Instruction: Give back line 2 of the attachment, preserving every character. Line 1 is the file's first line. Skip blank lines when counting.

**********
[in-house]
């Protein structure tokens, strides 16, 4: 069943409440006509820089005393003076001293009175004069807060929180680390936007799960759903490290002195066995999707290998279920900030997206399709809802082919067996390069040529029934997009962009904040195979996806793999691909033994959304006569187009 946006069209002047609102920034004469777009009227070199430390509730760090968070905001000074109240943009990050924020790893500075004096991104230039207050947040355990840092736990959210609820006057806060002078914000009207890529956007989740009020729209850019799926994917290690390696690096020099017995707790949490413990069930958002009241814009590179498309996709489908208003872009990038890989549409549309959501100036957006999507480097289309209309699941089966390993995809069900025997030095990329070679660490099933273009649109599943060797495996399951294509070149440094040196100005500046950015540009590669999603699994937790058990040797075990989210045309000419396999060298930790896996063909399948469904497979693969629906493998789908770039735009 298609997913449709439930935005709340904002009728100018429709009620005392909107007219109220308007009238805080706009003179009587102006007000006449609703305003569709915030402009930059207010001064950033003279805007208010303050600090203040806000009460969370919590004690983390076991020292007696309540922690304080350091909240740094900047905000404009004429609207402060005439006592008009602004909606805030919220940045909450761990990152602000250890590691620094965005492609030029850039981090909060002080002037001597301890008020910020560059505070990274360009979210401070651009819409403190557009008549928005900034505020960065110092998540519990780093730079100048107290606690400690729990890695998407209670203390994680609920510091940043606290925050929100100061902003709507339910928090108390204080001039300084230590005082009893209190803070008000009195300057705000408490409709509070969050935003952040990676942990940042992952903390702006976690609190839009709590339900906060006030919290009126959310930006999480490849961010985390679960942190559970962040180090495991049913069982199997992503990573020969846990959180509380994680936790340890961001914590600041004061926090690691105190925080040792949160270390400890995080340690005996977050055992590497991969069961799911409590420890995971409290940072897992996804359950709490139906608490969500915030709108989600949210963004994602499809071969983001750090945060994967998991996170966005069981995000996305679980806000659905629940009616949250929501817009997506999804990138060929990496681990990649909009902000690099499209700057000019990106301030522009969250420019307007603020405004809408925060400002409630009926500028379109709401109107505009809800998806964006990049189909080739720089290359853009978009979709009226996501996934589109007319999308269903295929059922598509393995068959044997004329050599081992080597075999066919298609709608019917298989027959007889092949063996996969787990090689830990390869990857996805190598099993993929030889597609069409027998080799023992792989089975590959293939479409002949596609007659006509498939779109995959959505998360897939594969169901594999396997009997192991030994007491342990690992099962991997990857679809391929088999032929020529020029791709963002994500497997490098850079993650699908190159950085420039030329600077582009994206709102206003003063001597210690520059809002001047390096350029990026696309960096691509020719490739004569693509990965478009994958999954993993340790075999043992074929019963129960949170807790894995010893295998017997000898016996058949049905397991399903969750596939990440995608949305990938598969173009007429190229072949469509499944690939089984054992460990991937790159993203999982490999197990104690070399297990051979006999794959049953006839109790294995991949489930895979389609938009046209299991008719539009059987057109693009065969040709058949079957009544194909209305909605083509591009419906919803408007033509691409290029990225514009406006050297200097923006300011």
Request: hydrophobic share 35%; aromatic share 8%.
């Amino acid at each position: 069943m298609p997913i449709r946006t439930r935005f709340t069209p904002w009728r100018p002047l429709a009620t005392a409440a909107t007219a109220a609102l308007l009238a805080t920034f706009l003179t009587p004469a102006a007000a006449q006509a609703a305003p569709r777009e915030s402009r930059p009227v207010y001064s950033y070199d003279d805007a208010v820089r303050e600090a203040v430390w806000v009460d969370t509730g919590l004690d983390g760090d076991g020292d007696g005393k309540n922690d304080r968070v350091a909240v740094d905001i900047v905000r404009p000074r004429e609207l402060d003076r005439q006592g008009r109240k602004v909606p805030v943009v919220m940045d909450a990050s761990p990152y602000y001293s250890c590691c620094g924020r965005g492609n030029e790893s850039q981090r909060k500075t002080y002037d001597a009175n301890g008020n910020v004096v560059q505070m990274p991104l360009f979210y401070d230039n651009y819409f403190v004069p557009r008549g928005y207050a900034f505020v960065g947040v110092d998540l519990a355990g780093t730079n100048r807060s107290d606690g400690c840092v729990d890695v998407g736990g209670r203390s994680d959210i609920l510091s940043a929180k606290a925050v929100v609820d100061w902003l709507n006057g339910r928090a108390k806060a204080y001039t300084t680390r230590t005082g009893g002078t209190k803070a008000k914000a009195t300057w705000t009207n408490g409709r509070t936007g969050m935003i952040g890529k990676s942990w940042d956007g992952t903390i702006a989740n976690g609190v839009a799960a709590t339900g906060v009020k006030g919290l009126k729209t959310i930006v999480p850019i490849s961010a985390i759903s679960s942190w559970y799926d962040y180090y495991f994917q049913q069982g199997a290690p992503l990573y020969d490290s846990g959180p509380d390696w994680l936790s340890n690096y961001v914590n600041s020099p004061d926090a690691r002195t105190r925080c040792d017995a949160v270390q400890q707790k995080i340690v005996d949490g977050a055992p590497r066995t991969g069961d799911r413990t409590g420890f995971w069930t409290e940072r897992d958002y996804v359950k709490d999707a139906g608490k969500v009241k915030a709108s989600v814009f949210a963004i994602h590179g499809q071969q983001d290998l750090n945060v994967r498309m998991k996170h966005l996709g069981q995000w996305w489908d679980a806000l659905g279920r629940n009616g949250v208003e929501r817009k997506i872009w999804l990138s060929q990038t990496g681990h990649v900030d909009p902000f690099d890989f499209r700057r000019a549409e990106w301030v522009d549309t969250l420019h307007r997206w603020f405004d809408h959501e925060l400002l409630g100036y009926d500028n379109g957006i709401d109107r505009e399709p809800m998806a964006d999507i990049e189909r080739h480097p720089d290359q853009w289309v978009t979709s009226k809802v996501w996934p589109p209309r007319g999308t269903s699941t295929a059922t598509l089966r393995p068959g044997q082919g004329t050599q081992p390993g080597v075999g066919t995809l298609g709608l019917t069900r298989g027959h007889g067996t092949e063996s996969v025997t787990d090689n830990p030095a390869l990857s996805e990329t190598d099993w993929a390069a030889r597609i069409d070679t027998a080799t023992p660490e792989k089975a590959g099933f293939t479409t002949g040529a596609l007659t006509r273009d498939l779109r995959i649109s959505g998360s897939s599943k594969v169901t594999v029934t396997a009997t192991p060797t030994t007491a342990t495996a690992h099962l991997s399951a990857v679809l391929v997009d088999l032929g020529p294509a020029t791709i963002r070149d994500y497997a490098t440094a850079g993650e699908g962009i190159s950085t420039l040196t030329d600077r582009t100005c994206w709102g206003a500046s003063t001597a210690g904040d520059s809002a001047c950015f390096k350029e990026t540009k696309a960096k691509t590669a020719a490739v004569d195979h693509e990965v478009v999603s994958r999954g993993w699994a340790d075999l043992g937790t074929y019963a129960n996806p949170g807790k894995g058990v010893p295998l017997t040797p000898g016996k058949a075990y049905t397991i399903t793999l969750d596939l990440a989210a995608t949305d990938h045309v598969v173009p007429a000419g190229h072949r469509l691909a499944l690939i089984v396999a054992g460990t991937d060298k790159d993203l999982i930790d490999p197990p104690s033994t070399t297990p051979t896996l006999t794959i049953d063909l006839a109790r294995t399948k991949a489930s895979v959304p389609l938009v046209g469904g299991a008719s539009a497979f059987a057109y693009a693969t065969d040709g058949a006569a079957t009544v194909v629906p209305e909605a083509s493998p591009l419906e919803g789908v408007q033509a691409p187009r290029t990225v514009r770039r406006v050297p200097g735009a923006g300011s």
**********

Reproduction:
């Protein structure tokens, strides 16, 4: 069943409440006509820089005393003076001293009175004069807060929180680390936007799960759903490290002195066995999707290998279920900030997206399709809802082919067996390069040529029934997009962009904040195979996806793999691909033994959304006569187009 946006069209002047609102920034004469777009009227070199430390509730760090968070905001000074109240943009990050924020790893500075004096991104230039207050947040355990840092736990959210609820006057806060002078914000009207890529956007989740009020729209850019799926994917290690390696690096020099017995707790949490413990069930958002009241814009590179498309996709489908208003872009990038890989549409549309959501100036957006999507480097289309209309699941089966390993995809069900025997030095990329070679660490099933273009649109599943060797495996399951294509070149440094040196100005500046950015540009590669999603699994937790058990040797075990989210045309000419396999060298930790896996063909399948469904497979693969629906493998789908770039735009 298609997913449709439930935005709340904002009728100018429709009620005392909107007219109220308007009238805080706009003179009587102006007000006449609703305003569709915030402009930059207010001064950033003279805007208010303050600090203040806000009460969370919590004690983390076991020292007696309540922690304080350091909240740094900047905000404009004429609207402060005439006592008009602004909606805030919220940045909450761990990152602000250890590691620094965005492609030029850039981090909060002080002037001597301890008020910020560059505070990274360009979210401070651009819409403190557009008549928005900034505020960065110092998540519990780093730079100048107290606690400690729990890695998407209670203390994680609920510091940043606290925050929100100061902003709507339910928090108390204080001039300084230590005082009893209190803070008000009195300057705000408490409709509070969050935003952040990676942990940042992952903390702006976690609190839009709590339900906060006030919290009126959310930006999480490849961010985390679960942190559970962040180090495991049913069982199997992503990573020969846990959180509380994680936790340890961001914590600041004061926090690691105190925080040792949160270390400890995080340690005996977050055992590497991969069961799911409590420890995971409290940072897992996804359950709490139906608490969500915030709108989600949210963004994602499809071969983001750090945060994967998991996170966005069981995000996305679980806000659905629940009616949250929501817009997506999804990138060929990496681990990649909009902000690099499209700057000019990106301030522009969250420019307007603020405004809408925060400002409630009926500028379109709401109107505009809800998806964006990049189909080739720089290359853009978009979709009226996501996934589109007319999308269903295929059922598509393995068959044997004329050599081992080597075999066919298609709608019917298989027959007889092949063996996969787990090689830990390869990857996805190598099993993929030889597609069409027998080799023992792989089975590959293939479409002949596609007659006509498939779109995959959505998360897939594969169901594999396997009997192991030994007491342990690992099962991997990857679809391929088999032929020529020029791709963002994500497997490098850079993650699908190159950085420039030329600077582009994206709102206003003063001597210690520059809002001047390096350029990026696309960096691509020719490739004569693509990965478009994958999954993993340790075999043992074929019963129960949170807790894995010893295998017997000898016996058949049905397991399903969750596939990440995608949305990938598969173009007429190229072949469509499944690939089984054992460990991937790159993203999982490999197990104690070399297990051979006999794959049953006839109790294995991949489930895979389609938009046209299991008719539009059987057109693009065969040709058949079957009544194909209305909605083509591009419906919803408007033509691409290029990225514009406006050297200097923006300011």